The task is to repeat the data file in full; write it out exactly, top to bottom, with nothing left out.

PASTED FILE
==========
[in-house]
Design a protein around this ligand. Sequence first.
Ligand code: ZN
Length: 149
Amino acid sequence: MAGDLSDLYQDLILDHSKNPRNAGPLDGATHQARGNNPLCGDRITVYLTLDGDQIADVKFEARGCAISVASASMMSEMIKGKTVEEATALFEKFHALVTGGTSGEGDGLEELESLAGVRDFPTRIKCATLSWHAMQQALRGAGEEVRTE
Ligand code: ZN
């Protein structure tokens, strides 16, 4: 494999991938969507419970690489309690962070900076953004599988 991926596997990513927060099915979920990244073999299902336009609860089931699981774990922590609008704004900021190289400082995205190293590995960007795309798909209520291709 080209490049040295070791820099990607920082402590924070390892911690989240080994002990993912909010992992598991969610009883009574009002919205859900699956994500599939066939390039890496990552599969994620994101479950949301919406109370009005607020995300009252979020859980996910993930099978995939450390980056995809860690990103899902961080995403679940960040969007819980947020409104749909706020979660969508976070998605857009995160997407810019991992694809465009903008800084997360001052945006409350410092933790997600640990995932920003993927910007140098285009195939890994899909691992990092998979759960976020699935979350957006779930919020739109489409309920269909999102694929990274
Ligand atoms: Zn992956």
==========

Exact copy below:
[in-house]
Design a protein around this ligand. Sequence first.
Ligand code: ZN
Length: 149
Amino acid sequence: MAGDLSDLYQDLILDHSKNPRNAGPLDGATHQARGNNPLCGDRITVYLTLDGDQIADVKFEARGCAISVASASMMSEMIKGKTVEEATALFEKFHALVTGGTSGEGDGLEELESLAGVRDFPTRIKCATLSWHAMQQALRGAGEEVRTE
Ligand code: ZN
């Protein structure tokens, strides 16, 4: 494999991938969507419970690489309690962070900076953004599988 991926596997990513927060099915979920990244073999299902336009609860089931699981774990922590609008704004900021190289400082995205190293590995960007795309798909209520291709 080209490049040295070791820099990607920082402590924070390892911690989240080994002990993912909010992992598991969610009883009574009002919205859900699956994500599939066939390039890496990552599969994620994101479950949301919406109370009005607020995300009252979020859980996910993930099978995939450390980056995809860690990103899902961080995403679940960040969007819980947020409104749909706020979660969508976070998605857009995160997407810019991992694809465009903008800084997360001052945006409350410092933790997600640990995932920003993927910007140098285009195939890994899909691992990092998979759960976020699935979350957006779930919020739109489409309920269909999102694929990274
Ligand atoms: Zn992956």